Nelson, num momento de emoção. What makes it all the more remarkable, for me, is that after a serious infection in his 30s Nelson lost a considerable amount of his vision – thereafter he had to rely on game companions to tell him what was going on down on the field (he was a cautious cheerer ever since once accidentally applauding the striped-jerseyed Bangu over his beloved Fluminense). Yesterday in the game against Cruzeiro, a raspy-voiced guy would let out a string of pained, panicked “Não! Não! Não!”s when the blue-shirts started zipping toward our goal; he sounded so genuinely pathetic (in the best sense of the word) that I believe the Cruzeirenses slowed their roll purely to give him a break. Nelson, on the other hand, appears to be in full operatic, transcendent rage here. No mercy, particularly not for the referee.

the devil’s plaything

“Você não sabe ser ociosa.” My friend pronounced it like a death sentence.

The fact that I would have difficulty translating the sentence confirms the sad truth of it. I hesitantly proposed “leisure” to another carioca, and got a categorical response.

For ócio, no. Leisure is lazer, the other face of which is work. It’s the same logic as “weekend,” which only exists as part of the work week. The closest would be idleness, without the pejorative connotation that Protestantism lends the word.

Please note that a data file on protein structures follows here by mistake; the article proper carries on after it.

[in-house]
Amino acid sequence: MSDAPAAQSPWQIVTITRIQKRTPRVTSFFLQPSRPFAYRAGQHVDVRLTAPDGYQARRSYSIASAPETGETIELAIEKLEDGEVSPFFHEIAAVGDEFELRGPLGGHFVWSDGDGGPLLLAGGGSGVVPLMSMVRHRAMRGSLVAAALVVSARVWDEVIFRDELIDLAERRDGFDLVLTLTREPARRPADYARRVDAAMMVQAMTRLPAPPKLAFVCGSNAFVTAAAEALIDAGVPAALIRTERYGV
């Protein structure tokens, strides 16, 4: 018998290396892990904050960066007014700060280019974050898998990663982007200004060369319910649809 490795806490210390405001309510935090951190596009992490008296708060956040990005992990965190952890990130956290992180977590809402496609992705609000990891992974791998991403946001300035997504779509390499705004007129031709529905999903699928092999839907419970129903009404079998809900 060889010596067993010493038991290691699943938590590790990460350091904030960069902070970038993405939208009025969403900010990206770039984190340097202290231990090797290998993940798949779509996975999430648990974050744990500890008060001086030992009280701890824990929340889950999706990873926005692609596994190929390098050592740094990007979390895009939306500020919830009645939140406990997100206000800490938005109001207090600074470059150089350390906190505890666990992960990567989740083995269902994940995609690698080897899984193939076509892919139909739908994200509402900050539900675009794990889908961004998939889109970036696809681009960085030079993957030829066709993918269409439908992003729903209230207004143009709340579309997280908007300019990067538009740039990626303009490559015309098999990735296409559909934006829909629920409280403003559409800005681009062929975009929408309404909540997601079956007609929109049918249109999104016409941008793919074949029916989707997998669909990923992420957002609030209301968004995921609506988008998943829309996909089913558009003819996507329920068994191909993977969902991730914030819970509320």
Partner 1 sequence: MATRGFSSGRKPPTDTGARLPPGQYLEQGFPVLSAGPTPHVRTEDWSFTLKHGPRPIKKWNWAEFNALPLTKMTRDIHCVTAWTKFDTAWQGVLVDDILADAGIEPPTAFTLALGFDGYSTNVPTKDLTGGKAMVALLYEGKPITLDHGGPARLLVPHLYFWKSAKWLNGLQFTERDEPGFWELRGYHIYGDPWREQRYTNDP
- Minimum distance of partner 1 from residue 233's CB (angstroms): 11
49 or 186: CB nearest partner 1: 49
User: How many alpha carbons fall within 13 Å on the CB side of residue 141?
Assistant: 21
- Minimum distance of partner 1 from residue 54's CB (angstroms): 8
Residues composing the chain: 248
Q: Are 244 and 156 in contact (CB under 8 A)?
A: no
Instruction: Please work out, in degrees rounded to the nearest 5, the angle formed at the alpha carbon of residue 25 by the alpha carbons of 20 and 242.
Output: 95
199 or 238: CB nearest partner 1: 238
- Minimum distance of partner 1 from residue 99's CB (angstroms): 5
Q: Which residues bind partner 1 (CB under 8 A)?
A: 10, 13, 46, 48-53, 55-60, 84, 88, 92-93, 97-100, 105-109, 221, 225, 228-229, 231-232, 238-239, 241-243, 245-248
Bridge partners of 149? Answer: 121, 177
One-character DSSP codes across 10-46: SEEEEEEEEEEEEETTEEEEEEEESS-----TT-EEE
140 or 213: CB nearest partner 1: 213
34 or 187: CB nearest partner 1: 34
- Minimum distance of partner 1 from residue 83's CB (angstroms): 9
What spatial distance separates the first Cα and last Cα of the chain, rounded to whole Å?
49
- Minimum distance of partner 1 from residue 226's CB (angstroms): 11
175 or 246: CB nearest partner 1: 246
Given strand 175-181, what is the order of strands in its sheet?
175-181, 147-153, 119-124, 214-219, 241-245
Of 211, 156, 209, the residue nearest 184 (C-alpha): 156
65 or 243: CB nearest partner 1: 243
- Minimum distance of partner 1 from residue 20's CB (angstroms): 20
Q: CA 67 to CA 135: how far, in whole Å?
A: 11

For lack of anything better, let’s go with that. Você não sabe ser ociosa – apparently, I don’t know how to be idle.

Frankly, I think I’ve made big strides since moving to Rio. Let’s give me some credit. I may not know how to be idle, but a lot of my constant crippling guilt about not being productive 24/7 is starting to waft away with the sea breeze. (Don’t worry, though, there’s still plenty to go around.) That, I believe, is the reason I can enjoy the beach now, and the reason I’ve started reading 3 or 4 books a week for pleasure. No, reading Nelson Rodrigues is not productive, but it’s good for the soul.

The only reason Gödel ever left his house to go work at the Institute for Advanced Study (according to QI, which is the ultimate authority on everything) was because of the walk back. If I dare to ideologically nestle up against the man who came up with an ontological proof of God’s existence, which I believe I do, then I completely understand. The commute, the obligatory transit time, gives you a sort of mental oasis: it’s a moment in which all you have to do is move from point A to point B, and your thoughts have free rein. It is, to reference a term inaugurated in my groundbreaking national analysis, a kind of shower. Continue reading


On Wednesday morning, I awoke with the flame of revolution burning in my breast.

To be scrupulously honest, it was more like the flame of logistical opportunism: I had errands to run in Botafogo before making it to a meeting in Glória, and I had a few hours to kill in between engagements. Seeing as I spent the fateful 22nd of October not engaged in political pursuits (unless spending the whole day at a friend’s house watching Eduardo Coutinho films constitutes a political act, which I kind of like to think it does), I felt myself pricked equally by guilt and curiosity. Errands run, I emerged in an occupied Cinelândia.